Jackie Robinson : The Baseball Player

978 WordsDec 12, 20154 Pages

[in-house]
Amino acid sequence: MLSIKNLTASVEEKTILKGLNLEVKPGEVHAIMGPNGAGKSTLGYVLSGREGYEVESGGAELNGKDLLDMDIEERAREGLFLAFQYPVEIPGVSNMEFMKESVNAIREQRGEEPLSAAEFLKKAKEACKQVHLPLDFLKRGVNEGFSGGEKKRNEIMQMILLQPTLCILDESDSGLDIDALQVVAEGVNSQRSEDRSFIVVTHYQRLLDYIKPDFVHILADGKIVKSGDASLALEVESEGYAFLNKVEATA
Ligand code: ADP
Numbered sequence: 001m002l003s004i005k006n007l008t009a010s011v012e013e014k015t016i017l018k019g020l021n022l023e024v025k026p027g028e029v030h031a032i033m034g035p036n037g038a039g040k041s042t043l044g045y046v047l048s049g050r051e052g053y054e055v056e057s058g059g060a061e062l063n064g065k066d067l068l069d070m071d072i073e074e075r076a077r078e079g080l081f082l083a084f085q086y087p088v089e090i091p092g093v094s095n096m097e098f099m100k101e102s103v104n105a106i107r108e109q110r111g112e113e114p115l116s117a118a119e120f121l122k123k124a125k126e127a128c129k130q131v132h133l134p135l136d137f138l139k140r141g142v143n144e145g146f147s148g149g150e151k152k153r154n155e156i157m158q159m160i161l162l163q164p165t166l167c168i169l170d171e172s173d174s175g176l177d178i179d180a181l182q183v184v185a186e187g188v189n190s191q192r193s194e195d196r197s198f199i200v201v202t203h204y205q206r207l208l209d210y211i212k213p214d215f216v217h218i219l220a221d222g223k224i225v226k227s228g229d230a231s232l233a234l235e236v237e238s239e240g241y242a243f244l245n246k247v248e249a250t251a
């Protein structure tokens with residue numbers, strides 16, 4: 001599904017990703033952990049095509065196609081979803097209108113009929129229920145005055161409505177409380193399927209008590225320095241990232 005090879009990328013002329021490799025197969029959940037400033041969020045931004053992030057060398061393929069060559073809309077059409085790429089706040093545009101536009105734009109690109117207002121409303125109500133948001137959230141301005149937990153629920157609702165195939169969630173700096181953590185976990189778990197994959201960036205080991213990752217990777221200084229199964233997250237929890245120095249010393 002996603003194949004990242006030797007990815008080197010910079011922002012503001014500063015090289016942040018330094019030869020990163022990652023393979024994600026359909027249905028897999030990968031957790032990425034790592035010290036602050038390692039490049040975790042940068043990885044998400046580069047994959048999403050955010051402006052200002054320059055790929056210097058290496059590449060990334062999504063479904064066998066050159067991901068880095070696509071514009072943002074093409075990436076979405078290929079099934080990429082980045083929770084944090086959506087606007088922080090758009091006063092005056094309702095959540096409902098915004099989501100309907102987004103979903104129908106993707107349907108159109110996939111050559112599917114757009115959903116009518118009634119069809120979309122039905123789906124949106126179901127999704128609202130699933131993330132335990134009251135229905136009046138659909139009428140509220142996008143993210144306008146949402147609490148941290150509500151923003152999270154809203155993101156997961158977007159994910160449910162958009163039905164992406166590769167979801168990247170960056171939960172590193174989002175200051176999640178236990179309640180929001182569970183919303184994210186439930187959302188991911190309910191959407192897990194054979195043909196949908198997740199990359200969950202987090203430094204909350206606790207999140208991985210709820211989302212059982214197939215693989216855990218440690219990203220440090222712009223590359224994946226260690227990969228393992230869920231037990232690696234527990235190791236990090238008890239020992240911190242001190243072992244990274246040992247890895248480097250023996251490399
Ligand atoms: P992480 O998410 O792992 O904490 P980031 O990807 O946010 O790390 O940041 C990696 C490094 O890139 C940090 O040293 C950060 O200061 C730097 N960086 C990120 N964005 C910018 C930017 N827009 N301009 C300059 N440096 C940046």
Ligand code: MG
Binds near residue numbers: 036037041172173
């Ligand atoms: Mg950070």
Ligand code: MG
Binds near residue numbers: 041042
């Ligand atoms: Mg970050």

Jackie Robinson is often seen as the baseball player to put blacks on the map. Though, what Troy argues in “Fences” is completely different. He believes that Jackie Robinson was the most successful baseball player not necessarily the best. Troy believed that he, in fact, knew teams that Jackie Robinson would not make. He also knew of many black baseball players that came before Jackie Robinson that simply did not a chance. This can relate to athletes that never made it to the big leagues because of their attitude problems or simply succumbing to their bad surroundings. In “Fences” Troy’s downfall is a bad experience of being a good black baseball player just coming up in the wrong era. According to Letzler, “the critics have joined Troy in being “angry that he, a great player who hit .432 with thirty-seven home runs, never played for the majors while white Selkirk … played right field for the Yankees” (Birdwell 89), despite Selkirk’s “paltry” hitting” (301). On the surface, Troy just might seem jealous of someone like Jackie Robinson but he surely had the stats to back up his talk. As you can see the white baseball players during that time were given more room for error. That is particularly sad because the black players like Troy were not given any room for error at all, they simply just were not given a chance in reality. Baseball can be truly seen as metaphor for life in America. As just like it takes certain ingredients to be successful in life those same
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